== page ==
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From the Israeli army to Silicon Wadi

(Image credit: Shutterstock.com / Pressmaster)

There are countless ways my mandatory army service has shaped who I am today and helped me to start a successful business. Here are four of the most significant.

After high school, every Israeli has to serve in the national army. In fact, Israel is a country where the entire society is built upon the army experience.

Some people are drafted into infantry and artillery units to bravely defend the front lines, some are drafted into the air force and navy to protect the country by sea and sky, and some are drafted to the spokesman and educational units to provide critical communication and training.

I was drafted to an elite intelligence unit, and the experience was life-changing, to say the least.

At just 18 years old, the experience I got in the army was incomparable to any other place in the world.

On one hand, it definitely influenced my personality and who I was as a person. After dealing with extreme life-saving situations, I matured quickly and my outlook on life vastly changed. On the other hand, the experience greatly influenced my professional career path and gave me a clear glimpse of what I might like to do in the future.

1. I learned how to work under pressure

A lot of pressure. I was recruited to a unit where we had to work under incredibly tight deadlines to deliver complex products. And in the army, many of the situations we dealt with were a matter of life or death, so we had to be very focused on what we were doing. There was absolutely no room for error because any mistake we made could have severe consequences on other people's lives.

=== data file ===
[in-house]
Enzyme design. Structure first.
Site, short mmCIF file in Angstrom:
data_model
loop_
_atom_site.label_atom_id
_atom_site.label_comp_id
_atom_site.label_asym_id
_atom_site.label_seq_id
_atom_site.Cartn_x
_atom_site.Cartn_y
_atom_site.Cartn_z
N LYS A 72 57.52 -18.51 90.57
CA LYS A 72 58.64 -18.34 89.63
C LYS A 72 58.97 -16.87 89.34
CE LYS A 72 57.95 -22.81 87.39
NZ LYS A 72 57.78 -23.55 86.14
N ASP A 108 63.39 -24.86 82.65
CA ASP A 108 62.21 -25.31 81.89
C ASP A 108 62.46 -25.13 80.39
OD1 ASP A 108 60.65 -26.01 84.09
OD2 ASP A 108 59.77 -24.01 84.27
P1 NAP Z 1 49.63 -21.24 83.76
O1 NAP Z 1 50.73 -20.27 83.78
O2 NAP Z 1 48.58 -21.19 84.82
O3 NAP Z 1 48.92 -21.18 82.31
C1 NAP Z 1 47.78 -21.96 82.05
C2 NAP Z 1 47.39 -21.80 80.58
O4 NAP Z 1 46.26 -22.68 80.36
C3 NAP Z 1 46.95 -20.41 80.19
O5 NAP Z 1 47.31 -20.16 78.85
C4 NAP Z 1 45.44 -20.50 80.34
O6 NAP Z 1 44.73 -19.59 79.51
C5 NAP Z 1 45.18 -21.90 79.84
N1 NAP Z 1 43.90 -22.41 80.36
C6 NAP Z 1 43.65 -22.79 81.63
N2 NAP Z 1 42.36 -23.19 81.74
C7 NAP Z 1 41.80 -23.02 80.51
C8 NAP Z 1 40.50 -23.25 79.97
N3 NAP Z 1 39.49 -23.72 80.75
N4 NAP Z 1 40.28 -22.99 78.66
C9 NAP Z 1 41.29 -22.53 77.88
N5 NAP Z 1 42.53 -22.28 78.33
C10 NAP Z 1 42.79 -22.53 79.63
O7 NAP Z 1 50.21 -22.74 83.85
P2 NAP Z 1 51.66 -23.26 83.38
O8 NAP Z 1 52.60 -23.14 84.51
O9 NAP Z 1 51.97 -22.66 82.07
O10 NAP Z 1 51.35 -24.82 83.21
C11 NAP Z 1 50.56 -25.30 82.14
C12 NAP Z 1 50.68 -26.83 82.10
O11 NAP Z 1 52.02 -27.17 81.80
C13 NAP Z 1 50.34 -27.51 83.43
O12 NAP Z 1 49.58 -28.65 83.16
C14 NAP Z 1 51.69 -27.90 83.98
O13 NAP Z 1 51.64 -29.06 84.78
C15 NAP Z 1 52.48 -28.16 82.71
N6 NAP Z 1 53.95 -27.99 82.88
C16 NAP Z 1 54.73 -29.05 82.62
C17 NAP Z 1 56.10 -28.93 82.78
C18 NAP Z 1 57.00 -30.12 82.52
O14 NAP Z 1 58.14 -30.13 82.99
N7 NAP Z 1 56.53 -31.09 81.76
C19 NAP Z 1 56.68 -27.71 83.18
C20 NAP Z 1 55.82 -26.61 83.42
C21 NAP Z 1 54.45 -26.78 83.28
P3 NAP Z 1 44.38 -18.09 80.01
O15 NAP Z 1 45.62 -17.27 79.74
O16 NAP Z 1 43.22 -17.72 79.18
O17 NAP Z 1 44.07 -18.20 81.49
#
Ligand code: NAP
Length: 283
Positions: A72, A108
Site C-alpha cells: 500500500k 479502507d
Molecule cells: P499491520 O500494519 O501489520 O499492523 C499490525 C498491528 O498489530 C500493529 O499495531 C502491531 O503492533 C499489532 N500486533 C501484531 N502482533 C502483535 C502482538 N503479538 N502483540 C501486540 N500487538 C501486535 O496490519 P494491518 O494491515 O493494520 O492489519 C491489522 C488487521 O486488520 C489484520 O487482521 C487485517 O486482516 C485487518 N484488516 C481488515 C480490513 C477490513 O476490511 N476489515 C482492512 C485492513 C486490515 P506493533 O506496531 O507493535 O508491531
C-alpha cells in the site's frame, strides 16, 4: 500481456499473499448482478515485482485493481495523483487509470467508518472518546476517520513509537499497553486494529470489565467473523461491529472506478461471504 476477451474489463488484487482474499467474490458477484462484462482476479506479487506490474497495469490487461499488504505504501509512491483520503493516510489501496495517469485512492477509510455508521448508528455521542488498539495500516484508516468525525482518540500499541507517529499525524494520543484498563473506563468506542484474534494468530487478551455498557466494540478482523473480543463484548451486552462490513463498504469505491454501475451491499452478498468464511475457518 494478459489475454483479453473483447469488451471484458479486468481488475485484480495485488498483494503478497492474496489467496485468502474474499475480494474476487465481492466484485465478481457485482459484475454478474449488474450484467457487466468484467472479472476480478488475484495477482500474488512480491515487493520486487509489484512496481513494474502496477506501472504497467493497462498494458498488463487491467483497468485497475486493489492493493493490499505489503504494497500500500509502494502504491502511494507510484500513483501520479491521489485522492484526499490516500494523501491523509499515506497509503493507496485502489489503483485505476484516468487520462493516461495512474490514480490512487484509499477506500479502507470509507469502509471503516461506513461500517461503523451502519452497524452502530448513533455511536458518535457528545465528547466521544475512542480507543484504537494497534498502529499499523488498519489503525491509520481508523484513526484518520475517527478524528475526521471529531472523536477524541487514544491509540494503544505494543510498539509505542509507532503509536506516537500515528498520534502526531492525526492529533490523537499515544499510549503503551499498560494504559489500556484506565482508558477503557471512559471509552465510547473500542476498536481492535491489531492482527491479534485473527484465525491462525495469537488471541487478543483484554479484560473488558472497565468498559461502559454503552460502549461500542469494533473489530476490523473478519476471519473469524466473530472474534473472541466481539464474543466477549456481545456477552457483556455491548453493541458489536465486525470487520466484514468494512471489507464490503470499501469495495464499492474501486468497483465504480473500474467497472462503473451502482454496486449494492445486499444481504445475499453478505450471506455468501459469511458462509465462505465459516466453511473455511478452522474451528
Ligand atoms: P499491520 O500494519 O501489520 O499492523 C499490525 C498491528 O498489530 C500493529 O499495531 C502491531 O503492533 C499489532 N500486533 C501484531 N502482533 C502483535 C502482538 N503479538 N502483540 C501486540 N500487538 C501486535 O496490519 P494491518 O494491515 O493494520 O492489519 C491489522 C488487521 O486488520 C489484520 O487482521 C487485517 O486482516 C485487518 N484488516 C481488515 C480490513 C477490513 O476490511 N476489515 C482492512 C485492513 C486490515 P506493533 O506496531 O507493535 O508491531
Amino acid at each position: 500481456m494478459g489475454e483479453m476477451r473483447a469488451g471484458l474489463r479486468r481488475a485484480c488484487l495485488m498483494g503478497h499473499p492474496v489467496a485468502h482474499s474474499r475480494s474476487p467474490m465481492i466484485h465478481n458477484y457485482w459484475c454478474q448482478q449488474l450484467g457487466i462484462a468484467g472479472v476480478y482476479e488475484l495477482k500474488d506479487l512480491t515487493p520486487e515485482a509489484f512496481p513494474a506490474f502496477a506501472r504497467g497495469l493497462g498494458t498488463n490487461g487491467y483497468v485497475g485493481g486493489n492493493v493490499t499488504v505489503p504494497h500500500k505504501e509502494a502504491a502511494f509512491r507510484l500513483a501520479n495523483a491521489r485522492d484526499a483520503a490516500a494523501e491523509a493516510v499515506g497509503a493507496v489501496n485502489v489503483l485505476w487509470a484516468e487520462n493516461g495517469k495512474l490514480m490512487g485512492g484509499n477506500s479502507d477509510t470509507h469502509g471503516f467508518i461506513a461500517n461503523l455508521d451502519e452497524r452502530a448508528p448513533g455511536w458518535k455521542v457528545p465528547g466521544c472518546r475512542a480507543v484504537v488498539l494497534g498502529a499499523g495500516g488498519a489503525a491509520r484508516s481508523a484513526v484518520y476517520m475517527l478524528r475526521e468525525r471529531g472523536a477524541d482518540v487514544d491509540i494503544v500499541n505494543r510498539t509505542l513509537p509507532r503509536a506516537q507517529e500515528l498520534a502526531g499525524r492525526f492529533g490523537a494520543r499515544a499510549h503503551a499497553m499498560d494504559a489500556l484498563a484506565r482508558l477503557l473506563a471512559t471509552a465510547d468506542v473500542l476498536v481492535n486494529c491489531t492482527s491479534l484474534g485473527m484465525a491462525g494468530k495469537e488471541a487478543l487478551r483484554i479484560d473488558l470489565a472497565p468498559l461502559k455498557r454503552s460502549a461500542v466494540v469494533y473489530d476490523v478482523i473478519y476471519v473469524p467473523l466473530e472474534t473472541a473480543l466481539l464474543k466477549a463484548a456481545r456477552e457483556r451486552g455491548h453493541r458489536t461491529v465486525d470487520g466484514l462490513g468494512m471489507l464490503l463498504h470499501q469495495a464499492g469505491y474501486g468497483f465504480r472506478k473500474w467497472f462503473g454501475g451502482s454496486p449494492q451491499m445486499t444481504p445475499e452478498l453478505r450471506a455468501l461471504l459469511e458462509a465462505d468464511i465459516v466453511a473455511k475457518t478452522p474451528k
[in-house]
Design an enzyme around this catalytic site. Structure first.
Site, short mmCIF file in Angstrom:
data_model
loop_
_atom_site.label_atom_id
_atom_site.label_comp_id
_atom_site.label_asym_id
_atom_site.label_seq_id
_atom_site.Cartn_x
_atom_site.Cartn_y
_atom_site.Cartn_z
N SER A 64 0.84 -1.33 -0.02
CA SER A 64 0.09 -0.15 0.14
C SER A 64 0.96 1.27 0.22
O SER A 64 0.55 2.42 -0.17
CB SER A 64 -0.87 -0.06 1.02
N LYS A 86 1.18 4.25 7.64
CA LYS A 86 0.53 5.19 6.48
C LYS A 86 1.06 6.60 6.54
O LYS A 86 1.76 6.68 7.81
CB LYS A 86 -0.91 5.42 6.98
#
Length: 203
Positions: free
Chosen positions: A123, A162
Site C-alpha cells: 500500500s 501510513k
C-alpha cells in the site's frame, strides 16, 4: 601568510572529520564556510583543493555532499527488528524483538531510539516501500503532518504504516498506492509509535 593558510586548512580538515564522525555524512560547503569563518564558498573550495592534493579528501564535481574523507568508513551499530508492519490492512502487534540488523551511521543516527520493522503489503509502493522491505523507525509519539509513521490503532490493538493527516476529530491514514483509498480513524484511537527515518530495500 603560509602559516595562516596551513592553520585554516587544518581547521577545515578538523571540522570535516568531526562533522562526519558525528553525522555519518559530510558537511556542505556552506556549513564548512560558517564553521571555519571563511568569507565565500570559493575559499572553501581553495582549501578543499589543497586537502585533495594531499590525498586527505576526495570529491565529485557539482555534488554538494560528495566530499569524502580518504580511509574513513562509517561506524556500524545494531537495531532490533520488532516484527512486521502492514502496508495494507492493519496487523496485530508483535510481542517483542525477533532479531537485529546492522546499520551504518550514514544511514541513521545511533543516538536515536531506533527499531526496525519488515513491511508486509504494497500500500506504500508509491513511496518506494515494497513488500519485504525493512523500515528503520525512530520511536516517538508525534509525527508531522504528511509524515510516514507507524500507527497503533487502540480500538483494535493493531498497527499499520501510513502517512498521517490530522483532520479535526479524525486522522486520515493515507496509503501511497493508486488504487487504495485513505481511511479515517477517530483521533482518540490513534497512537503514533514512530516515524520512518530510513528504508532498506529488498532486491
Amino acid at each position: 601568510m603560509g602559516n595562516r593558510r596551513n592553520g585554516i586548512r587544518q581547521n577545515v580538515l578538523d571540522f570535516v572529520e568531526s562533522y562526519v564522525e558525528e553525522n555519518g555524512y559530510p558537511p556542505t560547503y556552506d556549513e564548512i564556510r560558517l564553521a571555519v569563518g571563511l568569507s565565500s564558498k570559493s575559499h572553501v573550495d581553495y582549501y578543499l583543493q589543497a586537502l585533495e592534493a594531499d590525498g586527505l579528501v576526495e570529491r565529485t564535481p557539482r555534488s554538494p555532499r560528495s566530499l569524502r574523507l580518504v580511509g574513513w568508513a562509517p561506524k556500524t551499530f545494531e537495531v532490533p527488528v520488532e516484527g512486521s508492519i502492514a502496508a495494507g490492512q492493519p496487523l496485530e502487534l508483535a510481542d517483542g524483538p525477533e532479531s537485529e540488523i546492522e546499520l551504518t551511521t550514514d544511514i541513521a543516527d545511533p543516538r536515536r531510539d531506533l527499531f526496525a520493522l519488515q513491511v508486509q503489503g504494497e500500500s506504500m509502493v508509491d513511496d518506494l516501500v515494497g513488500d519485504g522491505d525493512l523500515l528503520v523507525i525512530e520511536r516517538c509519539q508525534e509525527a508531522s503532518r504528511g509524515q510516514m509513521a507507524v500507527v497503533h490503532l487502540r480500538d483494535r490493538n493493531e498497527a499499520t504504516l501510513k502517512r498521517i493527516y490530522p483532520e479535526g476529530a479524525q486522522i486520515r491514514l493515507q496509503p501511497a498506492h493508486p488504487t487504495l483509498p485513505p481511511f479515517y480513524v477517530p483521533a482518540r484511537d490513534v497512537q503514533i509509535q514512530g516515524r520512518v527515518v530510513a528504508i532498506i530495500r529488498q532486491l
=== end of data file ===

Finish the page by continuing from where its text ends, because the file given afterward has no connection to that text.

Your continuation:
This ability to work swiftly and accurately under pressure has definitely served me in business. Managing a company requires you to make many crucial decisions, and make them relatively quickly, every day. From decisions regarding how to invest funds, to how to change the product or marketing strategy, swift yet accurate decisions are must as an entrepreneur.

As an entrepreneur, you also have to learn new subject matter and adapt very quickly. Every day I encounter unfamiliar territory, and I have no choice but to master new skills and subject matter with speed. I also have to adapt to changing priorities. Anything can take precedent at a moment's notice. Balancing important meetings with clients, partners and investors, urgent deadlines and emerging crises, all while making sure the company stays on a stable course and is financially sound, requires a great deal of flexibility and calm under stress.

2. I mastered the ability to work innovatively and independently

Founding a business and starting a company required me to exercise this very same creativity. When you start a business, you have to find the direction, motivation and inspiration within yourself. There's no one on the outside telling you what to do, or how to do it. You have to test and try without guidance, you have to see the next steps and put them into motion and you have to envision the final product before it even exists.